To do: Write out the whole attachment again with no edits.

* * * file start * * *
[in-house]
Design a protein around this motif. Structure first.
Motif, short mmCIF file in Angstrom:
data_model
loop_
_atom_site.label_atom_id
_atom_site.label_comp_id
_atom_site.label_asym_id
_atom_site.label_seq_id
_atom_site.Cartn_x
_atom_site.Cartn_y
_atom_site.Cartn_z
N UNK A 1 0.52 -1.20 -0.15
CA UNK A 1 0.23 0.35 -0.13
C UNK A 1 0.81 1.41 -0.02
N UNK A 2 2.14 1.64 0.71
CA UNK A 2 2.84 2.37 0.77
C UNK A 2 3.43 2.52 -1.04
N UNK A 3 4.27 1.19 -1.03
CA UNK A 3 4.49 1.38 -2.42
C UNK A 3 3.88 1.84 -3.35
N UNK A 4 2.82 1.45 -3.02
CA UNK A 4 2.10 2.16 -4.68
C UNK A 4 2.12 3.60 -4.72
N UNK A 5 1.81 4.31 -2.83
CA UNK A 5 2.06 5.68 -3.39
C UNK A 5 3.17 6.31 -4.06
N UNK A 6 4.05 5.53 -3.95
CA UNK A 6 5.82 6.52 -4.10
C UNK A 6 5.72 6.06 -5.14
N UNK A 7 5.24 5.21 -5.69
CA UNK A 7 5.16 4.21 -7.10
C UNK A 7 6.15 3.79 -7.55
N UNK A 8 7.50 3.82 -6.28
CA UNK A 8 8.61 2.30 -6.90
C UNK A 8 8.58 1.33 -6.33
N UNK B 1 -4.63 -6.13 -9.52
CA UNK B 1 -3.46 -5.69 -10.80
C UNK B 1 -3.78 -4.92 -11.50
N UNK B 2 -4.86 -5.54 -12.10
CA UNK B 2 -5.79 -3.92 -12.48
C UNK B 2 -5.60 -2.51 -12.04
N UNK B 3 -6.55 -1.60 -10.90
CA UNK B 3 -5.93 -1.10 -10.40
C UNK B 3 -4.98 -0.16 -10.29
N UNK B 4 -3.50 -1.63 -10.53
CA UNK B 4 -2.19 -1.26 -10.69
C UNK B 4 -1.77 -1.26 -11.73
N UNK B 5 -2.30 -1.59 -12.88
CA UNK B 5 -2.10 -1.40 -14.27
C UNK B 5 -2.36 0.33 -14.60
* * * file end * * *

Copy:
[in-house]
Design a protein around this motif. Structure first.
Motif, short mmCIF file in Angstrom:
data_model
loop_
_atom_site.label_atom_id
_atom_site.label_comp_id
_atom_site.label_asym_id
_atom_site.label_seq_id
_atom_site.Cartn_x
_atom_site.Cartn_y
_atom_site.Cartn_z
N UNK A 1 0.52 -1.20 -0.15
CA UNK A 1 0.23 0.35 -0.13
C UNK A 1 0.81 1.41 -0.02
N UNK A 2 2.14 1.64 0.71
CA UNK A 2 2.84 2.37 0.77
C UNK A 2 3.43 2.52 -1.04
N UNK A 3 4.27 1.19 -1.03
CA UNK A 3 4.49 1.38 -2.42
C UNK A 3 3.88 1.84 -3.35
N UNK A 4 2.82 1.45 -3.02
CA UNK A 4 2.10 2.16 -4.68
C UNK A 4 2.12 3.60 -4.72
N UNK A 5 1.81 4.31 -2.83
CA UNK A 5 2.06 5.68 -3.39
C UNK A 5 3.17 6.31 -4.06
N UNK A 6 4.05 5.53 -3.95
CA UNK A 6 5.82 6.52 -4.10
C UNK A 6 5.72 6.06 -5.14
N UNK A 7 5.24 5.21 -5.69
CA UNK A 7 5.16 4.21 -7.10
C UNK A 7 6.15 3.79 -7.55
N UNK A 8 7.50 3.82 -6.28
CA UNK A 8 8.61 2.30 -6.90
C UNK A 8 8.58 1.33 -6.33
N UNK B 1 -4.63 -6.13 -9.52
CA UNK B 1 -3.46 -5.69 -10.80
C UNK B 1 -3.78 -4.92 -11.50
N UNK B 2 -4.86 -5.54 -12.10
CA UNK B 2 -5.79 -3.92 -12.48
C UNK B 2 -5.60 -2.51 -12.04
N UNK B 3 -6.55 -1.60 -10.90
CA UNK B 3 -5.93 -1.10 -10.40
C UNK B 3 -4.98 -0.16 -10.29
N UNK B 4 -3.50 -1.63 -10.53
CA UNK B 4 -2.19 -1.26 -10.69
C UNK B 4 -1.77 -1.26 -11.73
N UNK B 5 -2.30 -1.59 -12.88
CA UNK B 5 -2.10 -1.40 -14.27
C UNK B 5 -2.36 0.33 -14.60